Michael Godel – Perennial consistency and quite frankly evidence in excellence of this Roussillon grenache-syrah-mourvèdre blend. Yet again rich and sumptuous, understood in that it’s a straightforward compulsion to be heady and firm. Great balance in 2019 takes the Old Vines to another level.
John Szabo – Another fleshy, full-bodied, old vine red blend from Tessellae in the Roussillon (grenache, syrah, mourvèdre), about as consistent as they come. 70-year-old vines do their part to maintain regularity, as does the benign Mediterranean climate, but part of the magic is recognizing these physical advantages, which the Lafage Family does so well. Buy to drink now or over the next 2-4 years.
Sara d’Amato – A lush and yet juicy blend made in the winery’s typically modern and silky style. Tessellae sources the fruit from co-owner Jean-Marc Lafage old vine farms near Maury blending 40% grenache, 40% syrah and 20% mourvedre.  A consistently competent, top value producer from the Côtes du Roussillon.

Domaine Lafage 2018 Tessellae Old Vines Château d'Anglès 2018 Classique La Clape Syrah/Grenache/Mourvèdre Catena 2018 Lunlunta Old Vines Appellation Malbec

Château d’Anglès 2018 Classique La Clape Syrah/Grenache/Mourvèdre, Languedoc, France
$18.95, John Hanna & Sons
David Lawrason – Great value from this tiny appellation on slopes above the Mediterranean. It captures both ruggedness and poise with very complex aromas of ripe blueberry/blackberry fruit, florals, pepper, violets, licorice and fresh herbs. It is medium-full bodied, dense yet lively.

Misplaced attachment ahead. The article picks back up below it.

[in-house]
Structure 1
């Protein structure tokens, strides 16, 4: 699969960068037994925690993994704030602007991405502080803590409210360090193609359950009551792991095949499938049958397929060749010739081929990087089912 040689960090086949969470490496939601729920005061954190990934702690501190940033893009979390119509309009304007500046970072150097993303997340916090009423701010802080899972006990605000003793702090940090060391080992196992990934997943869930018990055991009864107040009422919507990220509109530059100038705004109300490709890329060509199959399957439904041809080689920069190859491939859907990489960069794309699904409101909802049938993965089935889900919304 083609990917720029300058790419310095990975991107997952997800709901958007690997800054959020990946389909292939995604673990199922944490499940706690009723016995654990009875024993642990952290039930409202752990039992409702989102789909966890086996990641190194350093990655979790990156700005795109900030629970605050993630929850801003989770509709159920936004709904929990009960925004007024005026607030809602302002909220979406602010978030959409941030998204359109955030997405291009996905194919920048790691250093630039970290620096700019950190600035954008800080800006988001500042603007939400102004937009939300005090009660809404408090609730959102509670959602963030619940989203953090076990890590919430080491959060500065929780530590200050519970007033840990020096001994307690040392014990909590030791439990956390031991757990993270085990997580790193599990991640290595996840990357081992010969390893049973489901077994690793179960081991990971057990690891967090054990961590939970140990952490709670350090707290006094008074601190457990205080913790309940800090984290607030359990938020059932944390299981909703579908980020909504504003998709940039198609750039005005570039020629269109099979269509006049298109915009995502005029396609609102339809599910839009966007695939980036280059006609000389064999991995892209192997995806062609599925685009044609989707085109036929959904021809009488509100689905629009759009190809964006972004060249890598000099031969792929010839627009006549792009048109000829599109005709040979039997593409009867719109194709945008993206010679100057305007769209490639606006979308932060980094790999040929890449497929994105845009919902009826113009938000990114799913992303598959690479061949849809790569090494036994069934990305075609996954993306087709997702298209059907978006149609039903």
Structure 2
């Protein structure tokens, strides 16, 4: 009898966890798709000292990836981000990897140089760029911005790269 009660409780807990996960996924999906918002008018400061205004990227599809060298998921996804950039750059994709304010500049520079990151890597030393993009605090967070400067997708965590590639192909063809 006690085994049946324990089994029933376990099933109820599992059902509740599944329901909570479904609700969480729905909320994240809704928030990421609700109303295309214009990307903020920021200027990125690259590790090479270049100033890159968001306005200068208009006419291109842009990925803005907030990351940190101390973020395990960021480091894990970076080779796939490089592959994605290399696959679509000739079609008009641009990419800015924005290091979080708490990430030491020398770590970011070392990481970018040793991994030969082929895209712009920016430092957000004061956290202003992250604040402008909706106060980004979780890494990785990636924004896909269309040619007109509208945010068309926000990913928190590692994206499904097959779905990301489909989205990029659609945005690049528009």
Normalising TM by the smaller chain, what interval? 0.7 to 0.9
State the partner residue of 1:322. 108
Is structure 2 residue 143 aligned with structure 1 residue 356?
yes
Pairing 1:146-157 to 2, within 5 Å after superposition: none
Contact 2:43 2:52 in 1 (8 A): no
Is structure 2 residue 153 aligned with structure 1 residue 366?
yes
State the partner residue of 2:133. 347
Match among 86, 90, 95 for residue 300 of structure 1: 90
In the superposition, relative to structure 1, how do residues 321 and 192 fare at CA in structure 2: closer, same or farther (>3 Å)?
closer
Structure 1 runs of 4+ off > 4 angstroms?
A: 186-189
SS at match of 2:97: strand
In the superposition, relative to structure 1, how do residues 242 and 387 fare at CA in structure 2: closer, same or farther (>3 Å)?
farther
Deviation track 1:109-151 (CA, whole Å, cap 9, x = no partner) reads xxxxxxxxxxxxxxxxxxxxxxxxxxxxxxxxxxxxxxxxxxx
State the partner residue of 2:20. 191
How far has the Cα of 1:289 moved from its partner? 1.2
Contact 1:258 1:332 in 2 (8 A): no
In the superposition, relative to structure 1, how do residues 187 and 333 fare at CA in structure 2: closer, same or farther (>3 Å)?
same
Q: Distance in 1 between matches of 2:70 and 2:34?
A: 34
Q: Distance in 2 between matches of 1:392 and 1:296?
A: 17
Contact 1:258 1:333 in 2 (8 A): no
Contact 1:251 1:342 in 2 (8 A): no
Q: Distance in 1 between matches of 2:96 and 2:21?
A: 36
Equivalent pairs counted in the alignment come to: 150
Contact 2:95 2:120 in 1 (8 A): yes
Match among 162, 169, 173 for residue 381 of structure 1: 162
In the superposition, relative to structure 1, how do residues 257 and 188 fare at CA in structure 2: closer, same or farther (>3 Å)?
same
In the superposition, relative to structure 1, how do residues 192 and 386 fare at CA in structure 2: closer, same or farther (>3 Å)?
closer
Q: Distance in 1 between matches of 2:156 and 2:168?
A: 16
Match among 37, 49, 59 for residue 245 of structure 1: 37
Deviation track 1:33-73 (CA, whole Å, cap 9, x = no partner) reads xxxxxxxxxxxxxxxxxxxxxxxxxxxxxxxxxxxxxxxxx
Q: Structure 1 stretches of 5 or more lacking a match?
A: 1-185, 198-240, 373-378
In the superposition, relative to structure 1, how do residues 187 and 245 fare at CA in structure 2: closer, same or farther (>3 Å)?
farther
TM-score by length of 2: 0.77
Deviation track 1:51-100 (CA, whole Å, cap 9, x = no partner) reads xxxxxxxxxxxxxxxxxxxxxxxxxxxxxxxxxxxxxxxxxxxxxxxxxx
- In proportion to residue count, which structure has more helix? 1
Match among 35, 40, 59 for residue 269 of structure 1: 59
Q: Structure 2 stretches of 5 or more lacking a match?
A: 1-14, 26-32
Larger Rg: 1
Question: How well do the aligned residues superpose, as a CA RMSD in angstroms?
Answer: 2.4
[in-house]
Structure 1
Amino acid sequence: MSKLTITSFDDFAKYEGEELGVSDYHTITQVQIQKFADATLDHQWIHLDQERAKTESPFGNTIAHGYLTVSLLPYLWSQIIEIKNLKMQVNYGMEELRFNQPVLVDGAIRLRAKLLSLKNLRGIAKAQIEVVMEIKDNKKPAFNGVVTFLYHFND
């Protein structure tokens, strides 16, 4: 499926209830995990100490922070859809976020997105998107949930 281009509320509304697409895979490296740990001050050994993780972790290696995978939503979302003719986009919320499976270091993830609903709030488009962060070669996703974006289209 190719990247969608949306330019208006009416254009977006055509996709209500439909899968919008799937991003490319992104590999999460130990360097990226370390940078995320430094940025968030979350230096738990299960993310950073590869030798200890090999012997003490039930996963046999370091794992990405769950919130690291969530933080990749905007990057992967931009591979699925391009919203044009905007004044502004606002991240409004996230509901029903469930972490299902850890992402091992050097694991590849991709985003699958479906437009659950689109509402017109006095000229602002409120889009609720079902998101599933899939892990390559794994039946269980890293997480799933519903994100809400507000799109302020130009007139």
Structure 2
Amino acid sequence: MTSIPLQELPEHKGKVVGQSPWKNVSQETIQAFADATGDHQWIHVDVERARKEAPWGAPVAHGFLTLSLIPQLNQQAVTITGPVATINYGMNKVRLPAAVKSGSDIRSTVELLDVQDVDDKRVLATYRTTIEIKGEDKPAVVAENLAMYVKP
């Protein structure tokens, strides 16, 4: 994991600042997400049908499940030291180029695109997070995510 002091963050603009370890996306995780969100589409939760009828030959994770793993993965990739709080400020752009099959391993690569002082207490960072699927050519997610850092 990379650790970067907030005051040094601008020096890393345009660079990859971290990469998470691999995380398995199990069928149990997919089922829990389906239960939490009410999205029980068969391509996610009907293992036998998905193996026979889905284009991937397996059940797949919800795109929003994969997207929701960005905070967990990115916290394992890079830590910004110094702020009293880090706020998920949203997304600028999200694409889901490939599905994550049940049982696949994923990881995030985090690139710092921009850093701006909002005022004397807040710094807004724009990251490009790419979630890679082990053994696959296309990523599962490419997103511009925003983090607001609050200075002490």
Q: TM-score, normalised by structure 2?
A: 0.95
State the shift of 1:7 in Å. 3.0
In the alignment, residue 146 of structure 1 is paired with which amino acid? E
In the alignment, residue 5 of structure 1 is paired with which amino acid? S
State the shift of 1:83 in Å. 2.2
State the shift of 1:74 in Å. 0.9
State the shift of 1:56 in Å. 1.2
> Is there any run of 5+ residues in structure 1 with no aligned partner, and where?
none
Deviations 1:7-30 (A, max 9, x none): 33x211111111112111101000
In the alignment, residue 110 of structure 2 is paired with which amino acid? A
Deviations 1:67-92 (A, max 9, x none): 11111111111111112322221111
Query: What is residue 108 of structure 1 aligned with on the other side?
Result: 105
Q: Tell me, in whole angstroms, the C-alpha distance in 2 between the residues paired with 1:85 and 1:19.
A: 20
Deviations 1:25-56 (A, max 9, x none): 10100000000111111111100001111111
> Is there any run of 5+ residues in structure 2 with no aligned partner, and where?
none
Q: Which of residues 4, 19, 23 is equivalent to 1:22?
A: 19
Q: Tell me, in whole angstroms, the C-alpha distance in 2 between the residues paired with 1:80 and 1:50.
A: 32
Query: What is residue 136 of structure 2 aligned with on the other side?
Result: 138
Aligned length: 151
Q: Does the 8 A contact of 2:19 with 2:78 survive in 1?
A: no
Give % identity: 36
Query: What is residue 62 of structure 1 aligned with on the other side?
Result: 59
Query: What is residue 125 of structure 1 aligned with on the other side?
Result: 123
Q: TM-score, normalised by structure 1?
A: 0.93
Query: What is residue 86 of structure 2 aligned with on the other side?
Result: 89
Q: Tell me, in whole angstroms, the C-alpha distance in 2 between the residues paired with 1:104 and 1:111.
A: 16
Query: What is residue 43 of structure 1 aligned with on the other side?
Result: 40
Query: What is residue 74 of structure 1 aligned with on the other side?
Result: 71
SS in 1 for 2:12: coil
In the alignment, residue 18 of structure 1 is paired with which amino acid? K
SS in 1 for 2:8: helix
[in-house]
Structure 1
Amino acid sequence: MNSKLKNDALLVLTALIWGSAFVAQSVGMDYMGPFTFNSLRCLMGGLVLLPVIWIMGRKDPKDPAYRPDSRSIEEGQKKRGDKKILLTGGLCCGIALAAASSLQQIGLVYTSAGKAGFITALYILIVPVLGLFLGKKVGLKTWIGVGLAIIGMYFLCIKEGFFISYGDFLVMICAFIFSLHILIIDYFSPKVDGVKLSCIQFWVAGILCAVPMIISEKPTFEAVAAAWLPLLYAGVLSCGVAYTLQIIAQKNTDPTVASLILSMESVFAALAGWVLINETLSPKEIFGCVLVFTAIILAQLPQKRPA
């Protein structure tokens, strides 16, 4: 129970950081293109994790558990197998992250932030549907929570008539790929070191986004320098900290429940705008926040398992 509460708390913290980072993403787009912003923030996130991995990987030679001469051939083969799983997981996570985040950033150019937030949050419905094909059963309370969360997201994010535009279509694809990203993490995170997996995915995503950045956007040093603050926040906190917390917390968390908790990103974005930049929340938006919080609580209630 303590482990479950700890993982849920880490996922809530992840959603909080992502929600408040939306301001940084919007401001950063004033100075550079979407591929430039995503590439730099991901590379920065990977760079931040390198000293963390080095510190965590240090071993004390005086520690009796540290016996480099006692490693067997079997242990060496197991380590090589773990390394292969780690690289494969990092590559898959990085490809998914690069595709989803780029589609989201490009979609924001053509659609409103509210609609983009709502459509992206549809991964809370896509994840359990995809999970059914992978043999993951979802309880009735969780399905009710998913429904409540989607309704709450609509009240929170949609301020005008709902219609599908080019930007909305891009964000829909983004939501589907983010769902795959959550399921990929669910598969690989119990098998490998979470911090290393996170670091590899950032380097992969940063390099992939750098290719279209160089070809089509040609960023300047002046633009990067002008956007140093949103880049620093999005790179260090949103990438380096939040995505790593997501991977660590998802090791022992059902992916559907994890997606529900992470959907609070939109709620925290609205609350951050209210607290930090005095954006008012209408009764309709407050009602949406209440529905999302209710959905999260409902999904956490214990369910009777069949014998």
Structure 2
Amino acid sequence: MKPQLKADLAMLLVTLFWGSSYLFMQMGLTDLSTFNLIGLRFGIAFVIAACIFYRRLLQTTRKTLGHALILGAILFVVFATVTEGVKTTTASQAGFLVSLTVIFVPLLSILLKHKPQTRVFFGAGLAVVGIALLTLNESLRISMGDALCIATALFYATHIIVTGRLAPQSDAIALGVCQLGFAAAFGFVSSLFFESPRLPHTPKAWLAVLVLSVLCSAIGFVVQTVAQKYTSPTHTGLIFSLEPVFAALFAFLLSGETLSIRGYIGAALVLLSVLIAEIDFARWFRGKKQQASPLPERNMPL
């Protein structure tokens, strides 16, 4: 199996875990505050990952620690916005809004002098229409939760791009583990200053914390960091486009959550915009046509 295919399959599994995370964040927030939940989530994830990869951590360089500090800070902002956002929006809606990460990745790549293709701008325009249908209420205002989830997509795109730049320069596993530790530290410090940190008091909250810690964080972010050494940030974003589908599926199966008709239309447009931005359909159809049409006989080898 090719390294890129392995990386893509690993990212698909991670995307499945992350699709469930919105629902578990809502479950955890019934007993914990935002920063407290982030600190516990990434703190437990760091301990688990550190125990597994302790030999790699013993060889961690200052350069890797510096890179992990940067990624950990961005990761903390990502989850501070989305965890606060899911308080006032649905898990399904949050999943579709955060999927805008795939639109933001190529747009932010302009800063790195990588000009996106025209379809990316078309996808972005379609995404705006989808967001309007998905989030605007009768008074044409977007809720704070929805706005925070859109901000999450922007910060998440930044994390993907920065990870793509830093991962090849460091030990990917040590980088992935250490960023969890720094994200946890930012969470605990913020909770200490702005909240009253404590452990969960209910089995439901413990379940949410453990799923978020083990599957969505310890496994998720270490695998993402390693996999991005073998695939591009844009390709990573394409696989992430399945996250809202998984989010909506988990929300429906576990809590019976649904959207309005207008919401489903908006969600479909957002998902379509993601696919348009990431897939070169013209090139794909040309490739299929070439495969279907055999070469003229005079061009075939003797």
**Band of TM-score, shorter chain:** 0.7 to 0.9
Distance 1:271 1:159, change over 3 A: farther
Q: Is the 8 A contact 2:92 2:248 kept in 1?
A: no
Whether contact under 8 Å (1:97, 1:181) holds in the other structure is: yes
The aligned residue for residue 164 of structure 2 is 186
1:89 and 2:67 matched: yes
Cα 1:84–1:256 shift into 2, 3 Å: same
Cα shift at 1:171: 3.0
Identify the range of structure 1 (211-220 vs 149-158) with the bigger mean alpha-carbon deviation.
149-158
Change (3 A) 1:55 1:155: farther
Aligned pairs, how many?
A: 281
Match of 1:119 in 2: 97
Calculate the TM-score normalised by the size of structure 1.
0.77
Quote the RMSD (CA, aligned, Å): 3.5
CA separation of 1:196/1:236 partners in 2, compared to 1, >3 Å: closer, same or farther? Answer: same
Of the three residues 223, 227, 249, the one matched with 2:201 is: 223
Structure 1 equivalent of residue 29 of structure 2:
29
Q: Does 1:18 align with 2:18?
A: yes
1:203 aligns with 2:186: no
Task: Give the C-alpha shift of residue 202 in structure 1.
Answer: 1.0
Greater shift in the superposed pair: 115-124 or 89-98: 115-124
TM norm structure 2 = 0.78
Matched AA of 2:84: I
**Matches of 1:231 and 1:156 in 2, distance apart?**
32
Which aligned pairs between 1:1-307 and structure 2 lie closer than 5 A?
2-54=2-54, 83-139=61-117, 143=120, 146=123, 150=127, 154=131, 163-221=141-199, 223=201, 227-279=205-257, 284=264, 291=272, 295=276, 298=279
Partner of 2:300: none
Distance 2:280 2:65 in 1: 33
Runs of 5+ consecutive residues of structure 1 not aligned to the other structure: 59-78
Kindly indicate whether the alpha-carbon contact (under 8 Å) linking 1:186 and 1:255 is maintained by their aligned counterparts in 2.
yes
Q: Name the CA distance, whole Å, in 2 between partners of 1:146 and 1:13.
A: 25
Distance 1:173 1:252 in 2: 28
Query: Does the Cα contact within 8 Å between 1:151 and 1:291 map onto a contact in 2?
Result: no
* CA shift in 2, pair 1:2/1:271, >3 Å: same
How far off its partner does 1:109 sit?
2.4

Catena 2018 Lunlunta Old Vines Appellation Malbec, Mendoza, Argentina
$22.95, Noble Estates Wines & Spirits Inc.
Michael Godel – One could be forgiven (and kidded) for confusing Lunlunta for a lighter, more ethereal style of old vines, vineyard-focused zinfandel (tasted blind, wine-wink) although hindsight would say the comparisons end right there. Think of this wine as a high end malbec to impress, reach a large audience and pair beautifully with dry-rubbed and grilled flank steak. Chimichurri optional.

Seven Hills 2017 Walla Walla Valley Merlot, Washington, USA
$34.95, Andrew Peller Import Agency
John Szabo – From the deep loess of the Walla Walla Valley, this wine captures the creamy texture and soft tannins afforded by these wind-blown soils, alongside abundant, ripe, dark fruit with a streak of varietally-typical savoury green herbs. I find this infinitely drinkable and pleasurable, the kind of wine you’d likely pay much more to enjoy from vineyards further south in California.

Seven Hills 2017 Walla Walla Valley Merlot Quercecchio 2015 Brunello di Montalcino

Quercecchio 2015 Brunello di Montalcino, Tuscany, Italy
$34.95, Ruby Wines
David Lawrason – This is almost charming Brunello where many might expect something more ponderous. The nose is gentle and complex with a fine weave of red cherry, fresh herbs and fine background oak. It is medium-full bodied, warm and lively with fine tannin.
John Szabo – Maturing, ripe and sultry Brunello here from the celebrated 2015 vintage, a warm, sun-kissed vintage year that yielded voluptuous and agreeable wines across the board. Really quite a sharp value in the context. Drink or hold into the mid-twenties.

And that’s a wrap for this release. We will be back in two weeks with a review of VINTAGES Mar 6 release that involves an Argentine feature.

David Lawrason
VP Of Wine

Use these quick links for access to all of our Top Picks in the New Release. Non-Premium members can select from all release dates 30 days prior.

Lawrason’s Take
Szabo’s Smart Buys
Michael’s Mix
Sara’s Sommelier Selections